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Skellig. I got the chance to watch the play Skellig at the Old Rep Theatre in Birmingham. The play is about Michael, a boy who has to cope with a house move, a newborn baby sister fighting for life and old Skellig, the ungrateful, arthritic tramp

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Skellig I got the chance to watch the play "Skellig" at the Old Rep Theatre in Birmingham. The play is about Michael, a boy who has to cope with a house move, a newborn baby sister fighting for life and old Skellig, the ungrateful, arthritic tramp discovered in the garage of the new house who is also thought to be an angel. In this essay I will talk about how the actors used the stage, voice and movement to show the characters' feelings and emotions throughout the play. The play begins with the family's first day at the house. The towering spiral of junk that depicts the house from basement to attic is used for every scene in the play. If looked at in detail, the spiral of junk would've included: an old freezer; piles of old newspapers and books; cardboard boxes; old furniture and ripped up clothes. The whole set was just dark browns, darks blues and dark greens which portrayed the gloom of the play. The first one to enter the scene is Michael. ...read more.


This could also represent his arthritis condition. Michael decides to take care of Skellig and asks if there is anything he could do for him. Skellig demands aspirin and states two numbers, 27 and 53. Michael doesn't understand the meaning of he numbers but decides to help in any way he can. There is a big change in levels of the characters in the play. At the beginning of the play, when Skellig is vulnerable and in pain, he is always lower than any other character. Skellig gradually gets higher and at the end of the play, Skellig is the highest and therefore with more power over other characters. Later on in the play Michael meets a girl named Mina who lives next door. She is home schooled, and is very interested in nature and poems by William Blake. They become very close friends and Mina takes Michael to an abandoned house where a lot of owls live. ...read more.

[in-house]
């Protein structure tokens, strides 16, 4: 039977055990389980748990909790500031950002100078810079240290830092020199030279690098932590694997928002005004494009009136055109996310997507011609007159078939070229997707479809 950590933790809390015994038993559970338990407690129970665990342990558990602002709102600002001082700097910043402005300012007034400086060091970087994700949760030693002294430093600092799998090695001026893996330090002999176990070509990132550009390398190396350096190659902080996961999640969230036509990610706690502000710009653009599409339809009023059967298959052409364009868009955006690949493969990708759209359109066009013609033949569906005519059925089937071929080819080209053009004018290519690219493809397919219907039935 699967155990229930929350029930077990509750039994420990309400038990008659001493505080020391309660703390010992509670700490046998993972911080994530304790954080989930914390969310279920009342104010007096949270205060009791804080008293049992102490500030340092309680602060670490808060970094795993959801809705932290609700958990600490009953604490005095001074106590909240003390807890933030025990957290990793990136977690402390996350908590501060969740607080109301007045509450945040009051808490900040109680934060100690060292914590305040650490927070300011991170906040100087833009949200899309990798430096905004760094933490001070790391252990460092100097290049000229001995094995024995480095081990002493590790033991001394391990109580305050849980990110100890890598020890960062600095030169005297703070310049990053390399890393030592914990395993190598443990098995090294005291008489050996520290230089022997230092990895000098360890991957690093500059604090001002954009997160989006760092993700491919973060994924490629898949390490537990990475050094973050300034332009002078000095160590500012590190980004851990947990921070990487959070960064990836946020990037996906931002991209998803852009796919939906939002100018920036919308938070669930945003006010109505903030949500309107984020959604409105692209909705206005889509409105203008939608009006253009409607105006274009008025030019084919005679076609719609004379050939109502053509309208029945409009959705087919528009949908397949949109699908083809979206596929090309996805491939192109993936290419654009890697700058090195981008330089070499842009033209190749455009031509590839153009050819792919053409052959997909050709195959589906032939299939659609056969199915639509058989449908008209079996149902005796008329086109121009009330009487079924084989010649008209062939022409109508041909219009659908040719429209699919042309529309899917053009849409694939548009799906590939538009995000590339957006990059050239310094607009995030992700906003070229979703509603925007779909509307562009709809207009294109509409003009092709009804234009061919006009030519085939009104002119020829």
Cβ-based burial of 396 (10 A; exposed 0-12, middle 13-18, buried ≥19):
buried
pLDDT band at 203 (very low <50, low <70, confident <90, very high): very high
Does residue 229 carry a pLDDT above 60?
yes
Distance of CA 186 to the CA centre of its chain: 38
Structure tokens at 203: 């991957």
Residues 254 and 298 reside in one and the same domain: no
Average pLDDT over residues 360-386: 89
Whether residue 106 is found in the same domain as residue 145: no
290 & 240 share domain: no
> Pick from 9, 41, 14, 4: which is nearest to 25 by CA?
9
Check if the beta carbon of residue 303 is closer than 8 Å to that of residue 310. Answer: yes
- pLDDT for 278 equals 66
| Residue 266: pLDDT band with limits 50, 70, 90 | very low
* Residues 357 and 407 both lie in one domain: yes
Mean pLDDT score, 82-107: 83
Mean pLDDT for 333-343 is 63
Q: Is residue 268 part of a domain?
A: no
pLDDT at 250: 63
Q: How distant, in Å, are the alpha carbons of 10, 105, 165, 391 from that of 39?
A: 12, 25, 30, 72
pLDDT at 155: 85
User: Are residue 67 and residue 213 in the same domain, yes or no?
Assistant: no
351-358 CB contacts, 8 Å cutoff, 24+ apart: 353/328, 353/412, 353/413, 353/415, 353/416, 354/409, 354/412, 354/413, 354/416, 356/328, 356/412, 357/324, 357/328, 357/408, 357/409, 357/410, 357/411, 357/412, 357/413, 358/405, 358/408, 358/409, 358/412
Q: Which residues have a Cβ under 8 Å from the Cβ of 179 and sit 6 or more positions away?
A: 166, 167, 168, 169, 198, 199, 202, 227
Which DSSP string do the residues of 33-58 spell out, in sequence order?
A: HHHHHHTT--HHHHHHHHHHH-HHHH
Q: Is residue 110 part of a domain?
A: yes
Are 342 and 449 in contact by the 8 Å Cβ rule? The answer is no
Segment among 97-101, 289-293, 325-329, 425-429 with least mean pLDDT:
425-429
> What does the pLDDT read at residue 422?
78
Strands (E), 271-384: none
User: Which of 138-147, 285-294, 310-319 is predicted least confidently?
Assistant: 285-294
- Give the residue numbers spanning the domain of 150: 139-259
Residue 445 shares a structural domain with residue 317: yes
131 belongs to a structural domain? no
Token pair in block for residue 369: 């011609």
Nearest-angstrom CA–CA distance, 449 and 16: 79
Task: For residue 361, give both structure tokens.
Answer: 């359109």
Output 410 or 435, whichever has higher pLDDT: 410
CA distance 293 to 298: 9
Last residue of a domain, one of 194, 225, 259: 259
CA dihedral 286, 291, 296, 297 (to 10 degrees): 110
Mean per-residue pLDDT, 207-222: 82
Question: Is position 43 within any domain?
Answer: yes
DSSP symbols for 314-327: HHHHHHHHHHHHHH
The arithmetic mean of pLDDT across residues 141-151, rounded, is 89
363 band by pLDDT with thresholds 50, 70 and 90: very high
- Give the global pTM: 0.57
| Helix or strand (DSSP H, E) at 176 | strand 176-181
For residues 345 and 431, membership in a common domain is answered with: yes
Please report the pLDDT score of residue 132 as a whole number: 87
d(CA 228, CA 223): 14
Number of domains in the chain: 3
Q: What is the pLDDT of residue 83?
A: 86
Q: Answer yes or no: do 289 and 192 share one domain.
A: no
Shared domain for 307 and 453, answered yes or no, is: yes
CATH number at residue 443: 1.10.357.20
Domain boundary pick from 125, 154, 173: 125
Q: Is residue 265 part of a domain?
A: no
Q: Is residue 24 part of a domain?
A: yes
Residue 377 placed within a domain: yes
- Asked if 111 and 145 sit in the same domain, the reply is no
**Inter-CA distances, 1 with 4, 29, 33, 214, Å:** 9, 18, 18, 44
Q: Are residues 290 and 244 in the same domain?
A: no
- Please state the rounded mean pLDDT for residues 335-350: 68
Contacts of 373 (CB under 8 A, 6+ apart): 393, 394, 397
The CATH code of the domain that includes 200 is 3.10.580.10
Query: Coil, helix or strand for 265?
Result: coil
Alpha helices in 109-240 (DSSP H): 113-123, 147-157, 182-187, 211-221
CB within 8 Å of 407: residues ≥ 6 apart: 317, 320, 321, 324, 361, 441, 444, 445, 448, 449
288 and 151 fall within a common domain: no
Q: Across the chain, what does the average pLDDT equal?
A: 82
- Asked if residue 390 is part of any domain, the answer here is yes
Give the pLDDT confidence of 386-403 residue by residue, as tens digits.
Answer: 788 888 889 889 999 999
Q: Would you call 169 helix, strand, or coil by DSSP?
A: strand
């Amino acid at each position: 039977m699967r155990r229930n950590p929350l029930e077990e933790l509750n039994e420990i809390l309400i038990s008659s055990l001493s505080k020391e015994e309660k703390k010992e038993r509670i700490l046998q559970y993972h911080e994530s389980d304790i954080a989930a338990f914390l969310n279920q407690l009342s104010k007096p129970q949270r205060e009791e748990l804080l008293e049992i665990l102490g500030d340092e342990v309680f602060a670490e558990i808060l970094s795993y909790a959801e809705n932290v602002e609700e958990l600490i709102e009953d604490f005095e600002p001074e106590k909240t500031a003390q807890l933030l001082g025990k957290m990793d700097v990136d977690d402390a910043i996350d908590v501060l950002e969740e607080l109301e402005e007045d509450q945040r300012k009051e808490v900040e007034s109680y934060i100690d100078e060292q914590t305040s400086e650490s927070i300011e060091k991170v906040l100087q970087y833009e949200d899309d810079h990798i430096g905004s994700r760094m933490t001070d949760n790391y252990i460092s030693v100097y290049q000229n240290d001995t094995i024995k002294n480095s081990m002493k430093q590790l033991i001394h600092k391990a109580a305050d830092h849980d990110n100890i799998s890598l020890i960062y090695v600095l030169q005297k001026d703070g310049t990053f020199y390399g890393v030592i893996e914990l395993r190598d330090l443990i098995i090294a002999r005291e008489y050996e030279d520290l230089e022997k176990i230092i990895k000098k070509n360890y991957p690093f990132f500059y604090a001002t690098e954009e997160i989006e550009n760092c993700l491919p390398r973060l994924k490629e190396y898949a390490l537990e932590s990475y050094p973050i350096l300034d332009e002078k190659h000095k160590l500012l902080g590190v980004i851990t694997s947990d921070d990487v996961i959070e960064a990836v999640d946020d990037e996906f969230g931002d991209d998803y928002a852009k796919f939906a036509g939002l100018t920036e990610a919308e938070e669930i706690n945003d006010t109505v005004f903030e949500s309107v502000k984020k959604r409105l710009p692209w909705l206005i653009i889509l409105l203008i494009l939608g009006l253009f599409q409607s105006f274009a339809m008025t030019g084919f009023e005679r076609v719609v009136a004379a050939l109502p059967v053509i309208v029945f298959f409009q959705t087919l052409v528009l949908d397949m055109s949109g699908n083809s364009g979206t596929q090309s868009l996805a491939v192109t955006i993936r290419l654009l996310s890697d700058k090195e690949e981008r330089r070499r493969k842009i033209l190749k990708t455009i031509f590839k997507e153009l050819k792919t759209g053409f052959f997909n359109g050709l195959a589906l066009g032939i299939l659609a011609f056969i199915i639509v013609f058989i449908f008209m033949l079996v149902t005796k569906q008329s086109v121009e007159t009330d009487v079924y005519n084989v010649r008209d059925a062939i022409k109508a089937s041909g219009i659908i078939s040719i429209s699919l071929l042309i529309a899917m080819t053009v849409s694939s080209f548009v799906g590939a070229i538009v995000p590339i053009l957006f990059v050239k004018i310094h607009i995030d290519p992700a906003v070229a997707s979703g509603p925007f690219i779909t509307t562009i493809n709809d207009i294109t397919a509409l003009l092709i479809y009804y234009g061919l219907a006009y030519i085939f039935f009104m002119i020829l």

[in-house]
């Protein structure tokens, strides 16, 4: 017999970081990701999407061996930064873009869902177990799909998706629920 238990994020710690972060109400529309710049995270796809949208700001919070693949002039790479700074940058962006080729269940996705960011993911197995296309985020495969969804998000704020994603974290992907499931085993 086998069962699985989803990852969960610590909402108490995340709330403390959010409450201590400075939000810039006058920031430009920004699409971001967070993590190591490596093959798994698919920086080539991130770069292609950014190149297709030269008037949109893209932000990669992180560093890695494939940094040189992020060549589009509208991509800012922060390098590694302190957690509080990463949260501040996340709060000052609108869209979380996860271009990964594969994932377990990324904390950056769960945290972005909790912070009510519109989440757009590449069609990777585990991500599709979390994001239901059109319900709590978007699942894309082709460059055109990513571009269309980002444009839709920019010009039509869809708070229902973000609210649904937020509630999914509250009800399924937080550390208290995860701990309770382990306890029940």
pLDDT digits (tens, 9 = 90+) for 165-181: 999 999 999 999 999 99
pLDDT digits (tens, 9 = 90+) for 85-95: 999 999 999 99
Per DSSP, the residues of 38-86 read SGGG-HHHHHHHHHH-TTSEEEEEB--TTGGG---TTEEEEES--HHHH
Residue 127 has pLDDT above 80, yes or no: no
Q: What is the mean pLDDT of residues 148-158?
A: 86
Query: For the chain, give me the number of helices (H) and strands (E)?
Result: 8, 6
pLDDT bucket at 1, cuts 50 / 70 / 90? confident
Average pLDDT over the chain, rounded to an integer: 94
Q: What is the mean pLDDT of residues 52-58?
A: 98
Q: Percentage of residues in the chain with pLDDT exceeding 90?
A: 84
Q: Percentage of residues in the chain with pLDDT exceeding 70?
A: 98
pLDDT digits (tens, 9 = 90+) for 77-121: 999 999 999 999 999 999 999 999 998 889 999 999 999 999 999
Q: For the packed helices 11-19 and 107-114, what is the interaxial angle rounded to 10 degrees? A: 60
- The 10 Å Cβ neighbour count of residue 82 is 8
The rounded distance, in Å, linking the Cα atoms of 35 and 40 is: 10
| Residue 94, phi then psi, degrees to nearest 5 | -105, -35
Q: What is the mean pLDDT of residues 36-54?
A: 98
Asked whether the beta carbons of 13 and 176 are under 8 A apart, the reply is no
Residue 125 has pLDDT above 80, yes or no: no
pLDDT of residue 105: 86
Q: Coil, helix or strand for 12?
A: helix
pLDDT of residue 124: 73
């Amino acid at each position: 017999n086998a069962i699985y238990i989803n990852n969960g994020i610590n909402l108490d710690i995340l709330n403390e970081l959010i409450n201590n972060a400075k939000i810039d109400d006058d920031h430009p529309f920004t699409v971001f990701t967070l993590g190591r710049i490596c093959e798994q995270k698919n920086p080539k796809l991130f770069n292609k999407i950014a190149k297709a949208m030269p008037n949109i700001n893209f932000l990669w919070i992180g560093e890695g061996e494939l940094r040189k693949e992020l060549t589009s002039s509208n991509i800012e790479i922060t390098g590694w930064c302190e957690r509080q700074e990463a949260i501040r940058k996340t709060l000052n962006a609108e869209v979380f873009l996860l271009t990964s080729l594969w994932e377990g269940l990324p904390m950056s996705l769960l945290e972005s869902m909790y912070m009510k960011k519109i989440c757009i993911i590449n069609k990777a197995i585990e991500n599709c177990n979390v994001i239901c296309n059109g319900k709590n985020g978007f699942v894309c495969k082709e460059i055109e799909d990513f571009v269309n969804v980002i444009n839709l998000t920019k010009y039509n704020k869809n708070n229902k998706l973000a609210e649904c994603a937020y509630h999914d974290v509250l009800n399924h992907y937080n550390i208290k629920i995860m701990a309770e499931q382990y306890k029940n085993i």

That night something mysterious happens and her mother dreamt of seeing a man come in and pick up the baby. She tells Michael and his father about what happened. Cross-cutting is the technique used in this scene to show the audience what happened in her dream. As the mother speaks of the dream, everyone else is silent and very still. Skellig makes all the movement and gestures Michael's mother describes. His facial expressions change from deep thinking to being happy for the baby girl's survival. Skellig walks up on the top of the towering spiral in the middle of the stage and disappears from the scene. The flashback is over and Michael realizes Skellig was an angel. In conclusion, the play "Skellig" is a very emotional play and the actors use voice to show the feelings of the characters. They use the stage to a full extent to show how Michael grows up throughout the events of meeting Skellig to having to choose between friends to receiving a pair of angel wings. Raw emotion contrasts with moments of great tenderness, and an audience of schoolchildren gave it noisy applause. ...read more.

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